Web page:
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Comment Re:Fragmentation (Score 2) 50

hmm, while I get your point, I think that's not quite fair. I've been a user of Mint for a while, then went back to Ubuntu when Ubuntu Mate came into play. Now I'm back on Mint Cinnamon due to the fact that Cinnamon works great on a 4K HDPI laptop. I'm just not into KDE, really don't like Unity and Mate doesn't handle 4K well. Mint Cinnamon handles 4k quite well, has all the other advantages of Ubuntu and has an even better update system. So IMO it's a lot more than just a skin

Comment Re:What is the driving forces? (Score 4, Insightful) 205

, and no real UI improvements or new features.

Which is exactly the point. Those 'improvements' are to many just an unnecessary complication. The UI of W2K was fine, WinXp could be set to look like it it.

I've put some family members on Ubuntu Mate. They love, they just use the computer for internet. The UI is more familiar than Windows 10, it doesn't get slower over time and there is a lot less worry for them for malware.

Comment Re:To Stop History Repeating Itself (Score 1) 535

The EU shouldn't take any punitive measures. Those will only give the leavers an excuse for why things are going badly. "we were right, but we're being boycotted by the nasty EU".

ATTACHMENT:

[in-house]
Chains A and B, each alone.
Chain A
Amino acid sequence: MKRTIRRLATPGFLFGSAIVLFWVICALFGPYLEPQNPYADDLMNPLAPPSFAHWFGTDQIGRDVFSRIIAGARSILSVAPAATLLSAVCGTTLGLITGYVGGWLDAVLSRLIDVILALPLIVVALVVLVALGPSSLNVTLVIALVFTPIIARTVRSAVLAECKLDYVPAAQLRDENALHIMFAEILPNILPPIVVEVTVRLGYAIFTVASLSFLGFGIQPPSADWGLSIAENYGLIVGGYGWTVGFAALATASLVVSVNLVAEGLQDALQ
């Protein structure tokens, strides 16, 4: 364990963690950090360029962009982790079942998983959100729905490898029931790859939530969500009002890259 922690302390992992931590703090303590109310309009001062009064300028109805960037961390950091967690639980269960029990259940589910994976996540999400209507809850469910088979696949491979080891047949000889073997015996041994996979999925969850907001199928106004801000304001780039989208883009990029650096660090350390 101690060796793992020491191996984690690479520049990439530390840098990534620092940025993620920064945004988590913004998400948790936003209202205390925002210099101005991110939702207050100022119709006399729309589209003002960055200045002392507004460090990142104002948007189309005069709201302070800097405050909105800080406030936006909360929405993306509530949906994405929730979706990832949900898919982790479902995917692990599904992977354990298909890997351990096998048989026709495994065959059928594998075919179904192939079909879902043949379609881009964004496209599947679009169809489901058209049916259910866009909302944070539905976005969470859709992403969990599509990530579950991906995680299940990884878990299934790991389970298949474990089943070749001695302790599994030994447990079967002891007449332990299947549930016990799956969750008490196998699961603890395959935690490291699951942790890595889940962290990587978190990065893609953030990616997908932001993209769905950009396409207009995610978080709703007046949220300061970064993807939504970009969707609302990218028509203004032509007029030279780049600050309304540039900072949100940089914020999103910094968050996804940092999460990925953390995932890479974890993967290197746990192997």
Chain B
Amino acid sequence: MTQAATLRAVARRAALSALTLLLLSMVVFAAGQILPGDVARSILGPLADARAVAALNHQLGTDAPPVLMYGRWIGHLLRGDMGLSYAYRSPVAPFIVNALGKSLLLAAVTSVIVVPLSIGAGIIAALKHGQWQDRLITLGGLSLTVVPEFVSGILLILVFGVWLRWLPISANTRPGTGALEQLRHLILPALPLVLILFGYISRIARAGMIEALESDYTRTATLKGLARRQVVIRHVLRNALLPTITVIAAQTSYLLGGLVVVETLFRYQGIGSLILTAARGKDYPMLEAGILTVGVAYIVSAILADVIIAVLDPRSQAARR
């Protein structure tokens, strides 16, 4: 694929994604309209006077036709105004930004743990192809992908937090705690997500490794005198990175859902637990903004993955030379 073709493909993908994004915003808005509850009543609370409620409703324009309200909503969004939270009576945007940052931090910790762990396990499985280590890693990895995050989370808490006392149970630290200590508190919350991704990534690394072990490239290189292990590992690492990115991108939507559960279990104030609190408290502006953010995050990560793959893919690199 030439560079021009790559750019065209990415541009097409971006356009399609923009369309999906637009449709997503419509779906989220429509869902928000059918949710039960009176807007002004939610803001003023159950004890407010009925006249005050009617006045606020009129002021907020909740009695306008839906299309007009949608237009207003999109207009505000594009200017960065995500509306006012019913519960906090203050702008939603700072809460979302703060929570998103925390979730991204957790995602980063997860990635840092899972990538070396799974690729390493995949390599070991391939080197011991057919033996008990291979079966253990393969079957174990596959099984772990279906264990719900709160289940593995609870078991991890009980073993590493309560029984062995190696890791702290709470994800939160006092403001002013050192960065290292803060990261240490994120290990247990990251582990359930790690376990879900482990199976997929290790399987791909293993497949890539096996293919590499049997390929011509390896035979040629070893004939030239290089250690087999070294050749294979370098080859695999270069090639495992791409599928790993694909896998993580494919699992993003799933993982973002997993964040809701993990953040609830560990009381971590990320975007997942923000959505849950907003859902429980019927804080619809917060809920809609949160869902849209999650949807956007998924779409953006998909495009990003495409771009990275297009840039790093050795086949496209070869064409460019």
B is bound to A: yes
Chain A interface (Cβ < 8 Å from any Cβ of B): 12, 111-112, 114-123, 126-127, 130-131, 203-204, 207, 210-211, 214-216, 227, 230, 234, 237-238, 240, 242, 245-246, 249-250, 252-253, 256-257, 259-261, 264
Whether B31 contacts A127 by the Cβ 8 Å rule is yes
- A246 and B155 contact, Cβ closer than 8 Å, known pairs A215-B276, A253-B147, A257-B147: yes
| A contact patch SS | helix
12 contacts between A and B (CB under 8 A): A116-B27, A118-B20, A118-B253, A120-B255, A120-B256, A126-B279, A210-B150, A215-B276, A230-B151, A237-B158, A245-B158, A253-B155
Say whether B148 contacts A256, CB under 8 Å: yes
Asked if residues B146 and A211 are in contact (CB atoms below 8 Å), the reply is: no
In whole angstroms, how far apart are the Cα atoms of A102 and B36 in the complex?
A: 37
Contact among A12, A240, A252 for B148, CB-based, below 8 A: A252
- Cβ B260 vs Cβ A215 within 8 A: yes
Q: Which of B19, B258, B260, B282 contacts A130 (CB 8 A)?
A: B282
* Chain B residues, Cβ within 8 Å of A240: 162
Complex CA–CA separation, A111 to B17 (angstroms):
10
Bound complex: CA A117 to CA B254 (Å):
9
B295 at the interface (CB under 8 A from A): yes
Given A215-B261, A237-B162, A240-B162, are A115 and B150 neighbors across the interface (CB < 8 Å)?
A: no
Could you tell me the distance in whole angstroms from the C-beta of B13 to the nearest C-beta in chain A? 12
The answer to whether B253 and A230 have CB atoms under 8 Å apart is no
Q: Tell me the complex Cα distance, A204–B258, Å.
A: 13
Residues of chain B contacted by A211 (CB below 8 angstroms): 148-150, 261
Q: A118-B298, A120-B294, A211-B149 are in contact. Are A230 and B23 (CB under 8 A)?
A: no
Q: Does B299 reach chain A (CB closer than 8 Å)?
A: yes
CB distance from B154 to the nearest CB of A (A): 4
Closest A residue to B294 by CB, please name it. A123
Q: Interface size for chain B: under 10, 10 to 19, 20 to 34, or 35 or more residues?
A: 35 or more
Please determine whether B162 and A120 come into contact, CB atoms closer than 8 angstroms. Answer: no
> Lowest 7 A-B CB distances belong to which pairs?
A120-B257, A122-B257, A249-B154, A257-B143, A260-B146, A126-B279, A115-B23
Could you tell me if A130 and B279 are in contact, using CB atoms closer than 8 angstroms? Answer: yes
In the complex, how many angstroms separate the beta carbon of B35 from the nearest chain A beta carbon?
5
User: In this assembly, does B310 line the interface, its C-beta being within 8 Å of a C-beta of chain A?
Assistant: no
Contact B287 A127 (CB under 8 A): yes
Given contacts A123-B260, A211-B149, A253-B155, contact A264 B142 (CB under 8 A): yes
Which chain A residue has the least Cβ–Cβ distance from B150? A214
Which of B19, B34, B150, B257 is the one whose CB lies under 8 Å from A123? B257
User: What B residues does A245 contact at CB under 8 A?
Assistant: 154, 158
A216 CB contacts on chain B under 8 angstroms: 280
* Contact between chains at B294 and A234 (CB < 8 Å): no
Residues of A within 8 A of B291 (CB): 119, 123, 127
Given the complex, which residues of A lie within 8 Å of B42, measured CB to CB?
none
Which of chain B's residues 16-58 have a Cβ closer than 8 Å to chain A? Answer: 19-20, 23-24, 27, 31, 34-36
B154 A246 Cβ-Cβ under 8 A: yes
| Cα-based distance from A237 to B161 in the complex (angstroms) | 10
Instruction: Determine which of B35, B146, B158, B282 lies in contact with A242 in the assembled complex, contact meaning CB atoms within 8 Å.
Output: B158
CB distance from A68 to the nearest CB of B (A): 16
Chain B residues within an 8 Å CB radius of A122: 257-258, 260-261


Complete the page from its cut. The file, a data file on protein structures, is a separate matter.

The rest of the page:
Although in the end it doesn't matter much since we've seen how little facts matter anyway. It'll be the EU's fault anyway...

Comment Re: Having used Android, iOS and Windows Phone... (Score 1) 242

Ah well.. I just remember another thing that happened first on iOS before Android.. tethering. iOS had it in 3.0 mid 2009, Android got it in 2.2, mid 2010.

Huh? I've had tethering on my Android when iOS still had to be jail breaked to get tethering. That was the most importing feature my Apple friends were jealous about.

Comment Re:Why bother (Score 1) 163

because of Oracle...

In many organisations for whatever reason the choice is often limited to MS-SQL and Oracle. Also many applications you can buy support MS SQL or Oracle.
In corporate dollars, running it on Linux can be a lot cheaper. The license costs are not so much the issue. If you have a good Unix team, maintenance costs per server can be a lot cheaper.
And if OS is not a factor, MS SQL vs Oracle can be very tempting. Technically Oracle may be ahead, but their license schemes would make Tony Soprana blush. If you don't need the extra Oracles features, MS SQL can be a very tempting proposition. Lot's of companies would love to leave Oracle because of their license thuggery. Lot's of them don't even run Oracle on virtualised servers due to the stupid licenses.

This means that MS SQL can be a much stronger competitor to Oracle, and that can mean this can be a major cash cow. To me, regardless of good press with the open source fans, MS choice to port MS SQL to Linux may financially be a very smart choice. They may loose a few MS Server licenses, but might end up with selling a lot of MS SQL licenses.

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